Some additional observations on the two stocks baskets.
Among the 50 favorite stocks for both hedge funds and retail investors, 13 overlap, with tech giants - Apple Inc., Amazon.com Inc., Facebook Inc. and Microsoft Corp - at the top of both lists. That said, retail investors have gravitated more toward smaller companies, with sixteen of the top 50 picks having a market value of less than $10 billion, compared with six for hedge funds.
Ultimately it all really boils down to the far higher beta of the retail basket compared to the hedge fund VIPs: which means that while retail investors tend to win big, they also lose big when stocks tumble. As Bloomberg notes, seven of the top retail stocks have fallen at least 10% this year, including Chesapeake and Groupon. Meanwhile, all of the hedge funds’ top selections have fared better.
For those wondering, here is the full list of the Top 50 "VIP" hedge fund names as of Dec. 31...
... and the same list for retail investors.
And while it is certainly a novelty to see retail investors outperform hedge funds, we doubt this divergence will last long, especially once the Fed is forced to taper its QE4 in the coming months, at which point the retail panic will be a sight to behold, as will be the length of the list of those furious at Chair Powell.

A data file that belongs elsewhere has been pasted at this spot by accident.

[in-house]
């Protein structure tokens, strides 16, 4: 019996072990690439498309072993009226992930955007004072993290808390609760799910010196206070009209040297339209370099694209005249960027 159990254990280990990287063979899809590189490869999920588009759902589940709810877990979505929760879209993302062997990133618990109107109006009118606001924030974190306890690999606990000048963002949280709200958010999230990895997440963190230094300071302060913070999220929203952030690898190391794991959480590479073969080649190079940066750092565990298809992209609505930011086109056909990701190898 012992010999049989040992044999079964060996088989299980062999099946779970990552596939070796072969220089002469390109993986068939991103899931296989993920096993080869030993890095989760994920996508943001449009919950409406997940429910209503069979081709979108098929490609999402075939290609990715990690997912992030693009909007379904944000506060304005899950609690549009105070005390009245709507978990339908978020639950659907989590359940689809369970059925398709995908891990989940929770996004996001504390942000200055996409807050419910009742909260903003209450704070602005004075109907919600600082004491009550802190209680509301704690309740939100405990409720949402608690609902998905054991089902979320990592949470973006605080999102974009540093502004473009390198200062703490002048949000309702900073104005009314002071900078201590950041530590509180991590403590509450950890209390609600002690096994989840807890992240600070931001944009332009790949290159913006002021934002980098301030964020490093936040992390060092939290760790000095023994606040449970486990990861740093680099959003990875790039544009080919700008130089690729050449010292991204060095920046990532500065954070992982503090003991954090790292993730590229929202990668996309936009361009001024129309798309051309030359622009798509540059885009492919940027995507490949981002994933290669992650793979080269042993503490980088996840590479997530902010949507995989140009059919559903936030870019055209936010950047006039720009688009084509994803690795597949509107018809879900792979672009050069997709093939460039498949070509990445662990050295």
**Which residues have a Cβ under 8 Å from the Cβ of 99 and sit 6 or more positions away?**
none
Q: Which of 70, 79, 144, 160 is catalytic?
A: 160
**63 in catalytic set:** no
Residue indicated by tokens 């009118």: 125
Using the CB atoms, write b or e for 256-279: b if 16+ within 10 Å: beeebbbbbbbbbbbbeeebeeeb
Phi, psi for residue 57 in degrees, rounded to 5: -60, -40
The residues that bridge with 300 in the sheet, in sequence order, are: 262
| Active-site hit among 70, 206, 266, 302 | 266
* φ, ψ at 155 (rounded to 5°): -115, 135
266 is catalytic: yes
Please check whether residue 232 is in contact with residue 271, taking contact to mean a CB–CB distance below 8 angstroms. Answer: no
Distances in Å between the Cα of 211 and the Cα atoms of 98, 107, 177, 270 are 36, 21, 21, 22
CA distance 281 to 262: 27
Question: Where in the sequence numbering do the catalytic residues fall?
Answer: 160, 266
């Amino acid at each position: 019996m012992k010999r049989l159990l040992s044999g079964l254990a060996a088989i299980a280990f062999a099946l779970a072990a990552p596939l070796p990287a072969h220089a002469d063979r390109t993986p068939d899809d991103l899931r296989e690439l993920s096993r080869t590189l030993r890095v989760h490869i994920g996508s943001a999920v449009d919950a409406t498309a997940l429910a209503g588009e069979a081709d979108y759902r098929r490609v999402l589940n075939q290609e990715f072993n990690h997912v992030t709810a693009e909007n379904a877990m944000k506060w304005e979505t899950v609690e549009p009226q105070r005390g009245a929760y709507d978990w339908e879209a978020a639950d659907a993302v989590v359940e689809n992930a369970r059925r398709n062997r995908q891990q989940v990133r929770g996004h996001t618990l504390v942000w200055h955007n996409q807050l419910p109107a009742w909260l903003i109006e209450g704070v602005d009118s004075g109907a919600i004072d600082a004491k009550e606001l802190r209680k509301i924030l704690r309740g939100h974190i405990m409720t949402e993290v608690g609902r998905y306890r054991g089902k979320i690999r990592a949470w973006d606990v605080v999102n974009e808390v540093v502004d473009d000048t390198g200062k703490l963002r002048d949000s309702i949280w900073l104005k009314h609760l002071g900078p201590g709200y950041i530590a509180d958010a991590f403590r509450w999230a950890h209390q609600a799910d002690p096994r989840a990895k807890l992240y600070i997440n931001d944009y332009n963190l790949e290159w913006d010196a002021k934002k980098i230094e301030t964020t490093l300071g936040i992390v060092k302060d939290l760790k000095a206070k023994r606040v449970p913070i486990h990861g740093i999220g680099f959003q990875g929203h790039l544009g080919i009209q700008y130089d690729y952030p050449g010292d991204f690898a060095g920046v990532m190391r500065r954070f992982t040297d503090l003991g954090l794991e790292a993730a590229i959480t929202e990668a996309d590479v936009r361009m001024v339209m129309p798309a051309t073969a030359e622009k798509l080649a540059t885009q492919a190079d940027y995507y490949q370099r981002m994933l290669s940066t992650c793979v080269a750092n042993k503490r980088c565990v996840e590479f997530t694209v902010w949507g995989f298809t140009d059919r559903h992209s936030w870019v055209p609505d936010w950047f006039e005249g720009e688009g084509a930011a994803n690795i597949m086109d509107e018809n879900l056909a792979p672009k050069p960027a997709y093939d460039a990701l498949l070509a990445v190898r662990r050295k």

Which is why the only thing that matters, in our view, is the list of Top 50 most shorted names. As discussed extensively here in the past, it is the 50 or so most shorted - or hated by hedge fund - names that has year after year been and a far better source of alpha (for those who buy them) as they have significantly outperformed the braoder market due to periodic and vicious short squeezes year after year...
... especially in this day and age when the link between fundamentals and asset prices has been terminally severed by central banks, something we described most recently in "Going Against The Wall Street Crowd Has Been The Most Profitable In 5 Years."